But in an instant, all that was gone. Jesus was dead--killed tragically on a cross like a criminal and buried in the tomb of one of His followers. There was nothing that could make them feel emptier inside.

Still, out of devotion, they were going to the tomb to anoint His body. They wanted to pay their last respects to Jesus and give Him a decent burial. And after that, who knows what they would do? All they knew was that they were running on empty and nothing could take away the emptiness they felt inside.

Nothing but an empty tomb and a risen Savior! Suddenly, the women were running on empty again! But this time, they were running on the power and the promise of the empty tomb! Jesus was alive! He had risen from the dead! And their lives were filled with hope and peace and joy that nothing could take away!

The next time the pandemics and problems and pains of this life leave you feeling empty inside like a hollow chocolate Easter bunny, remember the one thing that can fill you with a hope and a peace and a joy that lasts.

Remember the empty tomb of your Savior Jesus.

The empty tomb means your sin has been forgiven.

The empty tomb means your death has been defeated.

The empty tomb means your relationship with God has been restored.

The empty tomb means your home in heaven has been reserved.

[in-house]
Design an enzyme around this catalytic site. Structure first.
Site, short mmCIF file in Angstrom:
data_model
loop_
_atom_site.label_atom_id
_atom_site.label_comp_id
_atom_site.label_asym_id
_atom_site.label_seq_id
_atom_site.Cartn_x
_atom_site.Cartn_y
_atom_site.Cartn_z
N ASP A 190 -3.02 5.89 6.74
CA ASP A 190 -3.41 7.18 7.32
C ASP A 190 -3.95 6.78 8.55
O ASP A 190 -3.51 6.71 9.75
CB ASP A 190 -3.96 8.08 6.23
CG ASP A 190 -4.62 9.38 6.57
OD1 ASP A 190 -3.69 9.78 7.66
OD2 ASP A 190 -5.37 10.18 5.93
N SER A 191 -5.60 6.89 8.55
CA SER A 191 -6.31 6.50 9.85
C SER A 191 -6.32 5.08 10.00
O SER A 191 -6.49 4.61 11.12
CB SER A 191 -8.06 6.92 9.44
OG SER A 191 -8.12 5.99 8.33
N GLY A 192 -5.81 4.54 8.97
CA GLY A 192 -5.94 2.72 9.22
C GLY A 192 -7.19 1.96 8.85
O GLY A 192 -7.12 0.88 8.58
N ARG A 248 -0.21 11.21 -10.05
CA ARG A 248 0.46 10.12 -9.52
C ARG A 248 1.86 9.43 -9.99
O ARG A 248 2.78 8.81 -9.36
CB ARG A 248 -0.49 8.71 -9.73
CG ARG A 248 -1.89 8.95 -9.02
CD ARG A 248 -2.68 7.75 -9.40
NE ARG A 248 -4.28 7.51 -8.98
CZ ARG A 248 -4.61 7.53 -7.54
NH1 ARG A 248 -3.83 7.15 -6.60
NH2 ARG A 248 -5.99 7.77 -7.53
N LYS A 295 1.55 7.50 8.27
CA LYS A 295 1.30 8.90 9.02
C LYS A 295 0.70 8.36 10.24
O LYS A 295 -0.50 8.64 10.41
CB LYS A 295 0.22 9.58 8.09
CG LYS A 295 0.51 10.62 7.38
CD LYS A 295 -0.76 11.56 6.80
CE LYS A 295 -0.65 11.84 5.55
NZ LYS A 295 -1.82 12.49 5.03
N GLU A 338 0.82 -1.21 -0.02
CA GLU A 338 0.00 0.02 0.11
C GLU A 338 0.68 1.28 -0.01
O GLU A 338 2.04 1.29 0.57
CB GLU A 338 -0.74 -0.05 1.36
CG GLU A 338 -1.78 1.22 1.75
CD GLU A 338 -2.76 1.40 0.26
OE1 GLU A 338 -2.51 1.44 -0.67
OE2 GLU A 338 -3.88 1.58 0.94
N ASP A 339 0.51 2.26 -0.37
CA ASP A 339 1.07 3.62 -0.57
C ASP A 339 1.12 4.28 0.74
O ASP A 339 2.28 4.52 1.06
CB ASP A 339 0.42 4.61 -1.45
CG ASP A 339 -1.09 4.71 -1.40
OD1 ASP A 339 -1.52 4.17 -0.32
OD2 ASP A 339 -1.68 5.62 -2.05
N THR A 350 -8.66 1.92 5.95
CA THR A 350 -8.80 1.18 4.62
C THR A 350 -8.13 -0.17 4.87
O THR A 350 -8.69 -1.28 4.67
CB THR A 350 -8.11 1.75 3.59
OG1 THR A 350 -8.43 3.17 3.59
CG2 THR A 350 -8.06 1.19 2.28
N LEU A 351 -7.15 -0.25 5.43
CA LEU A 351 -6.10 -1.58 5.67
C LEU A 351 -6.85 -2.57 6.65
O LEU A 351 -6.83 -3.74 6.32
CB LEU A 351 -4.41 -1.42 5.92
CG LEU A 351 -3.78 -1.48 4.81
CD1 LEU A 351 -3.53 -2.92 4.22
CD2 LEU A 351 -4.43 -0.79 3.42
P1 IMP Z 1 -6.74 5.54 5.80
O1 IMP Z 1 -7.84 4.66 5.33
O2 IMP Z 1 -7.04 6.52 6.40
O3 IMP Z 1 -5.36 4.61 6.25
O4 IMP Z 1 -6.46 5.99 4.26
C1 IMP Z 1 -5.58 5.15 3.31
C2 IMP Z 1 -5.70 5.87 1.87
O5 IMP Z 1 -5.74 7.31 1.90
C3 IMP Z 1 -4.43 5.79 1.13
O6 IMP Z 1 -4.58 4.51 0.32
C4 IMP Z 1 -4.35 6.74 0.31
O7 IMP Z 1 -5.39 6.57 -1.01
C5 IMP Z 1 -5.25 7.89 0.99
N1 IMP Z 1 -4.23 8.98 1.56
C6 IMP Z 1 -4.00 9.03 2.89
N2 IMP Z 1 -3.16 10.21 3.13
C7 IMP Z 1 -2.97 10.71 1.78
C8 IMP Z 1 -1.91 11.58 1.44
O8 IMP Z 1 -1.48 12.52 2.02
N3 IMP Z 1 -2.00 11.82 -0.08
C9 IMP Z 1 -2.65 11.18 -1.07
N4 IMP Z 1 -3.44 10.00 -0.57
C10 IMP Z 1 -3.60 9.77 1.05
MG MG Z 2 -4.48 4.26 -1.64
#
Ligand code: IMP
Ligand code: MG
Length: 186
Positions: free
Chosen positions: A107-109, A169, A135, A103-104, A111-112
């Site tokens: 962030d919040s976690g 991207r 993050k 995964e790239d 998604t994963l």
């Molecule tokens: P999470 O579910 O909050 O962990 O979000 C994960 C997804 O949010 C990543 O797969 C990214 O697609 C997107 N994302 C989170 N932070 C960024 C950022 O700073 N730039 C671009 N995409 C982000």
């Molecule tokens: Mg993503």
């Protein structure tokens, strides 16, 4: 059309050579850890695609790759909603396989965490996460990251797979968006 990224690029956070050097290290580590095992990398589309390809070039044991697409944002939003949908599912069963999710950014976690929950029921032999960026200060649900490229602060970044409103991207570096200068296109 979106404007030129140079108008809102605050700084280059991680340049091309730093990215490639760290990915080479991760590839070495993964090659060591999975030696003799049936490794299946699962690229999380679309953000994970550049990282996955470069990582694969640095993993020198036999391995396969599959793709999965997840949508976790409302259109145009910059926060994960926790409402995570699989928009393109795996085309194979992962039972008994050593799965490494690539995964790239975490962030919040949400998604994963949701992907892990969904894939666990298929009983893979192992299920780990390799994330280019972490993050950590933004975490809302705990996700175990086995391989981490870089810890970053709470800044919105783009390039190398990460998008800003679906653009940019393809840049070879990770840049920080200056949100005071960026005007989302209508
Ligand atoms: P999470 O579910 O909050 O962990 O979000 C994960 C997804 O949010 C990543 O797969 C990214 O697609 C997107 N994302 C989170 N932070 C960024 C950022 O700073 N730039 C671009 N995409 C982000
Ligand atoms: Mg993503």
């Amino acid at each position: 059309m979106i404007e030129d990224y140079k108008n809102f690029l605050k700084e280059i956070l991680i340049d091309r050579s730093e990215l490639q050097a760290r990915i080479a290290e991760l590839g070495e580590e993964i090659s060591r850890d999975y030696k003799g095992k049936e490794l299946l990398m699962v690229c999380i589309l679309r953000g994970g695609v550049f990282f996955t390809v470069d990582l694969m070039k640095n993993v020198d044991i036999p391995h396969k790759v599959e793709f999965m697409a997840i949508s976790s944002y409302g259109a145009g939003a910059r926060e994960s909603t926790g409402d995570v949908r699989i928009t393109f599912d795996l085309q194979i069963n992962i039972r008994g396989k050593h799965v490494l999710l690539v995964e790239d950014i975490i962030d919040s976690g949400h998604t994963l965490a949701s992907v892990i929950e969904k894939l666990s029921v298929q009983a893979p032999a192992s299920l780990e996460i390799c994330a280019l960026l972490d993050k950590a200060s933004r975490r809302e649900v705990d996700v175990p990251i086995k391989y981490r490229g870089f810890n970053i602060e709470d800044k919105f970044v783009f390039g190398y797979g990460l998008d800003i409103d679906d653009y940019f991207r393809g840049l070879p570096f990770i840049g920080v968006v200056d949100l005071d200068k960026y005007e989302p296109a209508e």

That’s the power and promise of your Savior’s empty tomb!

And that's the power and the promise that can keep you "running on empty" through this life and trusting in your risen Savior for the life to come!

In Jesus’ name.

Pastor Craig Michaelson

“What a Difference!”

April 7, 2021

He was delivered over to death for our sins and was raised to life for our justification. (Romans 4:25)


Dear brothers and sisters in Christ:

What a difference a year makes! Last year, the Church Sanctuary was empty as we celebrated the empty tomb. Everything was online instead of in person. But this year, the Church Sanctuary was full for several of our Easter celebrations! And many joined our resurrection celebrations online too!

What a great feeling it was to welcome new people for worship! And a great feeling it was to welcome back members of our Faith Community family, some for the first time since the pandemic began! The empty tomb of Jesus filled our hearts with joy and hope as we gathered to celebrate Christ’s resurrection and the promise of ours!

But none of this celebration would have been possible if it hadn’t been for that first Good Friday and Easter. Christ’s death and resurrection make all the difference, an eternal difference, for you and for me!